Larger than Life
If you pair a comic actor with an animal, your movie will make a lot of money. What exactly is the evidence for this theory? "K9"? "Turner and Hooch"? "Ed"?
Hollywood's decision-makers are obviously deranged because they have a particular formula they keep trying to manipulate and it never, never works. The formula is: If you pair a comic actor with an animal, your movie will make a lot of money. What exactly is the evidence for this theory? "K9"? "Turner and Hooch"? "Ed"?
Nonetheless, the animal buddy-film genre continues to pollute our theaters, apparently because someone concluded that when one of these films implodes at the box office, it's the animal's fault. Mark my words: At this very moment, some Hollywood executive is sitting in an L.A. office justifying a new expenditure of twenty or thirty million dollars by saying, "Well, the horse didn't work; let's try a camel."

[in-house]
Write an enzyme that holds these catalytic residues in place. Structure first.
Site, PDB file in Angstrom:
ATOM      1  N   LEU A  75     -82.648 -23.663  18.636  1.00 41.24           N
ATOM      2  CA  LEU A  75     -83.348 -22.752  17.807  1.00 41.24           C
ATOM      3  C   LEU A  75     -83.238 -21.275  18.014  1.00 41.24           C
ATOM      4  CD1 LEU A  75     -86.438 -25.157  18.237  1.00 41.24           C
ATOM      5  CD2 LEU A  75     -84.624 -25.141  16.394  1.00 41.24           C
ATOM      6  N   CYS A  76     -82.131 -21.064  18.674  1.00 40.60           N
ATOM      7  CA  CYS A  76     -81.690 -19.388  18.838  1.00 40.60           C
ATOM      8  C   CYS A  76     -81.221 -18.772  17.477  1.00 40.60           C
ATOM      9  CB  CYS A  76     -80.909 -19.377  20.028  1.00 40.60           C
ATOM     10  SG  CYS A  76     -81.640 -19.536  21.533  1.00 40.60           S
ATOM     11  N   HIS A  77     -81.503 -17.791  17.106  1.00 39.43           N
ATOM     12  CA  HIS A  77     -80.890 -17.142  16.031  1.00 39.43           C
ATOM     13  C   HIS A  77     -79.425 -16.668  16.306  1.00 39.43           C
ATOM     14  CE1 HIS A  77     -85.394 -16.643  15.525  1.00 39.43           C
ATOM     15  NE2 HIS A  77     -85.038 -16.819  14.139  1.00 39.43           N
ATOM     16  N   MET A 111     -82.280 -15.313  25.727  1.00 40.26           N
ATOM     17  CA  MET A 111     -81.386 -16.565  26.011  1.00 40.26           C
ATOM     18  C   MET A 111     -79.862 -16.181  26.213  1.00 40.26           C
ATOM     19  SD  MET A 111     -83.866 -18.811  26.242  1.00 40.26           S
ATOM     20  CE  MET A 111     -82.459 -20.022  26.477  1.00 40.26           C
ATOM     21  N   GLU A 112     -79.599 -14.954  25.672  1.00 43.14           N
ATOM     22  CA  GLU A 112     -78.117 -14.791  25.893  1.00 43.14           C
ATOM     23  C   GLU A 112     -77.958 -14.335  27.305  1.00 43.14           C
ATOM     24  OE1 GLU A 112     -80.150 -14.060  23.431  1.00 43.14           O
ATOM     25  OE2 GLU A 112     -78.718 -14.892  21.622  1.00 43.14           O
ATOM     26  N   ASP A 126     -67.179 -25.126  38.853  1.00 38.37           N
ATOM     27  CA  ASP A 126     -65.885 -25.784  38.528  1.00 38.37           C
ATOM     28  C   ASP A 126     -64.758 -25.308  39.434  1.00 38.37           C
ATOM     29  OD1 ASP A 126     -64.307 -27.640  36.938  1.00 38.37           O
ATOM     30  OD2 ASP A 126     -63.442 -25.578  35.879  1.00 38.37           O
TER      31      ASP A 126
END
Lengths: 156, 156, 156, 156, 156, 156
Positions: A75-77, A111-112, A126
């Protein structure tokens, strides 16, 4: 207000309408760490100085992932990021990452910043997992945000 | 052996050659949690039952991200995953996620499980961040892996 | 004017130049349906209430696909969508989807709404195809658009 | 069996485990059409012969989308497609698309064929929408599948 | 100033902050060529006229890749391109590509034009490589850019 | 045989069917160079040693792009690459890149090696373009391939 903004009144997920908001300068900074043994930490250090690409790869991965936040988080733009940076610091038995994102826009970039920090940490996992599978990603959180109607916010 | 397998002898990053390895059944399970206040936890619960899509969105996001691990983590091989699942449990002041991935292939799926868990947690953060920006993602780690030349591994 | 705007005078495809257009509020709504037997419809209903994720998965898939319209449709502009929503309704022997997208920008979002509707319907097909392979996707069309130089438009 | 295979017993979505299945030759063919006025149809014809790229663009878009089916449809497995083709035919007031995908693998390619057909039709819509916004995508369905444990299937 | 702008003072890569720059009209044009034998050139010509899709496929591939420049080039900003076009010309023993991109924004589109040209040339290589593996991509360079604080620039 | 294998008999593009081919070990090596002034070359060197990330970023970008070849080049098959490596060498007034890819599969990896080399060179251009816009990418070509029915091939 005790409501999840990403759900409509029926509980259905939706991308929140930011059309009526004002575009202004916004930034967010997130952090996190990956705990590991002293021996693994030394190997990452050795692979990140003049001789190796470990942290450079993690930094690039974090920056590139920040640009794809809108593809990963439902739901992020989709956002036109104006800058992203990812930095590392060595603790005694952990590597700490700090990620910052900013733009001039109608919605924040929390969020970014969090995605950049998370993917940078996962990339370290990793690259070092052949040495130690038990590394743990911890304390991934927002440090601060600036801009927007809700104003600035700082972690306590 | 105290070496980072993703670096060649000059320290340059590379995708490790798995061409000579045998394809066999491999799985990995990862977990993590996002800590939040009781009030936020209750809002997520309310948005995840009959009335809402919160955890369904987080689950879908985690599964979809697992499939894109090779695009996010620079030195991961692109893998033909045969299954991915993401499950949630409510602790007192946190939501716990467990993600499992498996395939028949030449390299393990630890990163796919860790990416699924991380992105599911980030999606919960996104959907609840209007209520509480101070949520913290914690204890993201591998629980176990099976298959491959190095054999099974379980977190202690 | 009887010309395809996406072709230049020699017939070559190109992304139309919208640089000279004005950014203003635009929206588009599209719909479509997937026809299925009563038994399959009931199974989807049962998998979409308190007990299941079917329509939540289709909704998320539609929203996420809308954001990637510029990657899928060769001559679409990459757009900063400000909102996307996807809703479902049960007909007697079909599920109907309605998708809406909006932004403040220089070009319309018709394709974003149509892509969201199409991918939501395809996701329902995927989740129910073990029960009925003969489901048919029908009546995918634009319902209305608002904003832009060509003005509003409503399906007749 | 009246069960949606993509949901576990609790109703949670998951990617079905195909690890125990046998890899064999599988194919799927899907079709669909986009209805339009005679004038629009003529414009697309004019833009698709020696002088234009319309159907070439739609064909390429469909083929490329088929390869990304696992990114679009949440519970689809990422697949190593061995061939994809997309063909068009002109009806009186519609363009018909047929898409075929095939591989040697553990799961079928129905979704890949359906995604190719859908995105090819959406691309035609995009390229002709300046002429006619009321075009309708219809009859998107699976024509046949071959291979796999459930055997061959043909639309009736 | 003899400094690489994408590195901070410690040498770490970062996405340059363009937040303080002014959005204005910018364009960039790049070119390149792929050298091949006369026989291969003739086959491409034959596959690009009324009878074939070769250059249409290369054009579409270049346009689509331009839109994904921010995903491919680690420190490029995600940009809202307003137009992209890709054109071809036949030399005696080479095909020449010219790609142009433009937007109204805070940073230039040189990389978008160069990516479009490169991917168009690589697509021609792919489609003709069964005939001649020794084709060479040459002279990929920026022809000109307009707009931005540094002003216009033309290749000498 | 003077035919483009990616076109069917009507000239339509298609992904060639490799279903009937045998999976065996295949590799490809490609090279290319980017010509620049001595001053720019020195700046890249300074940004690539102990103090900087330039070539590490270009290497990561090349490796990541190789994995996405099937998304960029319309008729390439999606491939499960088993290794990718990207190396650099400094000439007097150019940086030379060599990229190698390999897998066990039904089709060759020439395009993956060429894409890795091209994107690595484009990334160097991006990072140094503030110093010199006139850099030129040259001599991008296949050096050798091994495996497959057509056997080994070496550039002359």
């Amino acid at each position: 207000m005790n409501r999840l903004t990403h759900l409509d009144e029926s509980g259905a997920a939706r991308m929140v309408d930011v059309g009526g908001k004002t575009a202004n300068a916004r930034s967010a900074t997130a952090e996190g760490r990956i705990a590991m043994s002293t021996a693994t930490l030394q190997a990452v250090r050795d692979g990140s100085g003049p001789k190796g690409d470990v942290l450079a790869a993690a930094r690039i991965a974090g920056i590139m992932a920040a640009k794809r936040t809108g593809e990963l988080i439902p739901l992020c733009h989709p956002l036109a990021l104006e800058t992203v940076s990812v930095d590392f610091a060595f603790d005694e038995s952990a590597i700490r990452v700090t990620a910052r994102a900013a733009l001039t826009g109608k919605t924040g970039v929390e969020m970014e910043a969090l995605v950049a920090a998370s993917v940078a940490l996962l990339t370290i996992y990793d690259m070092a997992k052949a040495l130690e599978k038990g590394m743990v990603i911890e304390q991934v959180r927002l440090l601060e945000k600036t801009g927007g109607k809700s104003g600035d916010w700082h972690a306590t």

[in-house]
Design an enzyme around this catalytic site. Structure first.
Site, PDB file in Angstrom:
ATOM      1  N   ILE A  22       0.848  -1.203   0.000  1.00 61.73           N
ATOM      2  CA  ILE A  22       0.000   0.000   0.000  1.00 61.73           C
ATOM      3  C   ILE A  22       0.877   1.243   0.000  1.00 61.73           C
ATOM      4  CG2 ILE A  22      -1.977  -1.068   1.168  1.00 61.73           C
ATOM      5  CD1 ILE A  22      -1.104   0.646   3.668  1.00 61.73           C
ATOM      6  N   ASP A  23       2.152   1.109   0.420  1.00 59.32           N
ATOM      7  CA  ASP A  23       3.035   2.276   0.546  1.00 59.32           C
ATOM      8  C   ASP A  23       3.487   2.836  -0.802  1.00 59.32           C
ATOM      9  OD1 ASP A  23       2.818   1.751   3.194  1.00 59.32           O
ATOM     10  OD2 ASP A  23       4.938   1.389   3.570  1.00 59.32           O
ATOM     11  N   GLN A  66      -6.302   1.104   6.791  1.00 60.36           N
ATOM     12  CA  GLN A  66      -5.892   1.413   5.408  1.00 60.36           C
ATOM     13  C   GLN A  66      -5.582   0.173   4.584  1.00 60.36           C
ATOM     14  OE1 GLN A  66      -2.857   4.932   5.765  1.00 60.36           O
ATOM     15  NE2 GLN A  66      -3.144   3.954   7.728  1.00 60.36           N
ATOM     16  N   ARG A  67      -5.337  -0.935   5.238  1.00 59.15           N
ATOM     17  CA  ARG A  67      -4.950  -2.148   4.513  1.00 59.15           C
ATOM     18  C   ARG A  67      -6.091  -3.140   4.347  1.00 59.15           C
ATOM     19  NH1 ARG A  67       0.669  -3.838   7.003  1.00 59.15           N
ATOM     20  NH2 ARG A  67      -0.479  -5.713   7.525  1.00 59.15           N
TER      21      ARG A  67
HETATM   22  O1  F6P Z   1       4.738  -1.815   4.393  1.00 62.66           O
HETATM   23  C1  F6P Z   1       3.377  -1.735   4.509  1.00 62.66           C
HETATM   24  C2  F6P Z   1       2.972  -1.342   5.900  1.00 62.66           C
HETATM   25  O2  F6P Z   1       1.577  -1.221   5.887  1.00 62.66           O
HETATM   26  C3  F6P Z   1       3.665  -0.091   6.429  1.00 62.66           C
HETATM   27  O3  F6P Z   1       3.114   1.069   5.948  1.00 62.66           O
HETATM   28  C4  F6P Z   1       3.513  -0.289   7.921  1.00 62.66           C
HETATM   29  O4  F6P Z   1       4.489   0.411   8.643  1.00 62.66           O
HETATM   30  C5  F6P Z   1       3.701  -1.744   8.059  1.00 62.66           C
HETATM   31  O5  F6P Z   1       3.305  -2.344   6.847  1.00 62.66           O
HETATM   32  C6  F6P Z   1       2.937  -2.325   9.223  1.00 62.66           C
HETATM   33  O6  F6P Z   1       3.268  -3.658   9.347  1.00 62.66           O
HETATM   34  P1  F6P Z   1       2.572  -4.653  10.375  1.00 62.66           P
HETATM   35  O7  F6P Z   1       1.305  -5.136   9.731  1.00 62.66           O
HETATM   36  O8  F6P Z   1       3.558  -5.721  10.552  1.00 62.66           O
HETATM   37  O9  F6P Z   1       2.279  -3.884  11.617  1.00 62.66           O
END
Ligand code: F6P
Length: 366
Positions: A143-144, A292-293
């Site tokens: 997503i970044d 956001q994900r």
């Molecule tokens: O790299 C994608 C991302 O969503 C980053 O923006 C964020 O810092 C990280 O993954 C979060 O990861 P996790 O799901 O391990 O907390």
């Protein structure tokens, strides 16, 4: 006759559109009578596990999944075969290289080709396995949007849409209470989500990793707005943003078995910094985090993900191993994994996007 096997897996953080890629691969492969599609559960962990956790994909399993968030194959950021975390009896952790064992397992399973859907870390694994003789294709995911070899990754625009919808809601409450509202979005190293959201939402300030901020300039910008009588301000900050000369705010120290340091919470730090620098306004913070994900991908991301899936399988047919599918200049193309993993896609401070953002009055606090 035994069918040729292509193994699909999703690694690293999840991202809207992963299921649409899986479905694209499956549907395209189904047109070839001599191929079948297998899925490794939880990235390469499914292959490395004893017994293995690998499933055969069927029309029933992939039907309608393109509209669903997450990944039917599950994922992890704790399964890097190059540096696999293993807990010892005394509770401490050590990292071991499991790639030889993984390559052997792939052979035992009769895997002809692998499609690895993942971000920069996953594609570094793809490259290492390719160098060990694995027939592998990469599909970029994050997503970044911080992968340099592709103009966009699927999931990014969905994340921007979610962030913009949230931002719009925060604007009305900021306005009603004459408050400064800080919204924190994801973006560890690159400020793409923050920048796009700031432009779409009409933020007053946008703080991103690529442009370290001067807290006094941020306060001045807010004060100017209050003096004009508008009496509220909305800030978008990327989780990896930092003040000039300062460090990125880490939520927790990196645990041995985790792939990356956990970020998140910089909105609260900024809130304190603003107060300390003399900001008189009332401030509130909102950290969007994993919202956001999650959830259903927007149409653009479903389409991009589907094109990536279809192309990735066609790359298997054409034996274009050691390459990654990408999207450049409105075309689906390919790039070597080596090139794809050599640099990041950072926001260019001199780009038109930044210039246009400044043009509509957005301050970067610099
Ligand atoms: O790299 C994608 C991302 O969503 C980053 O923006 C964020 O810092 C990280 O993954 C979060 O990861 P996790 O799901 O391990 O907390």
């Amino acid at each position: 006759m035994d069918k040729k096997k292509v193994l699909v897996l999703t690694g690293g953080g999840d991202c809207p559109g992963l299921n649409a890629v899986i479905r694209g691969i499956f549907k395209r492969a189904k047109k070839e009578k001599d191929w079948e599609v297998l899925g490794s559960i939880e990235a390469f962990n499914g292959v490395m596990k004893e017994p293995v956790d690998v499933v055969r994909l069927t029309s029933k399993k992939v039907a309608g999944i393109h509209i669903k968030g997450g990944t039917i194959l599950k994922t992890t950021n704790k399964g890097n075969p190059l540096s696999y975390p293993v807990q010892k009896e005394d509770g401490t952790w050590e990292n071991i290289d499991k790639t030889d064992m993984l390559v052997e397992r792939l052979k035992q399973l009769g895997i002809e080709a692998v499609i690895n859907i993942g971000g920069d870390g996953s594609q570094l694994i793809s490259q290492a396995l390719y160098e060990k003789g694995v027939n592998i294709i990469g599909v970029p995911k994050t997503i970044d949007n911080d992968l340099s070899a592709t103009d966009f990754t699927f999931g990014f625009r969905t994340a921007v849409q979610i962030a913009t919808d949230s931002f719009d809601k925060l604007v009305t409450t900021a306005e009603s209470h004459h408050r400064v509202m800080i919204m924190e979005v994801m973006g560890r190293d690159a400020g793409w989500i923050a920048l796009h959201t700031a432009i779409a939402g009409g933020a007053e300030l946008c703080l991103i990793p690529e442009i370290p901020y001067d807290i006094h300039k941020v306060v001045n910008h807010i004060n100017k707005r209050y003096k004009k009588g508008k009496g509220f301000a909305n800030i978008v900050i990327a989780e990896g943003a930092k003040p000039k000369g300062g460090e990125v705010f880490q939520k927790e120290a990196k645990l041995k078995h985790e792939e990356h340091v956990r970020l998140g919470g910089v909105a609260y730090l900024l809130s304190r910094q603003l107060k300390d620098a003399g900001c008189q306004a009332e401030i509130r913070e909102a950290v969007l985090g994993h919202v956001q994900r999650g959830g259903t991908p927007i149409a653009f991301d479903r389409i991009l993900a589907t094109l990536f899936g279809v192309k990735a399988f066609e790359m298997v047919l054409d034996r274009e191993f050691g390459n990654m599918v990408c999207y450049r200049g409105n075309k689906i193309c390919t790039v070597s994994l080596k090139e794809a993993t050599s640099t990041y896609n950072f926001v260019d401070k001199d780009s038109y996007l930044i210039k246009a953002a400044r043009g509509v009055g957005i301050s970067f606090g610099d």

"Larger than Life" tries an elephant and varies from the buddy-animal genre only in that it's more of an animal romantic comedy: Jack Corcoran (Bill Murray) inherits the beast from his late father and learns to love her despite their obvious differences. Given that the female love interest of old is now apparently replaceable with a chimp or three-toed sloth, I guess that old Hollywood adage stands true: "There's no glass ceiling if you're not even allowed to stand on the floor."
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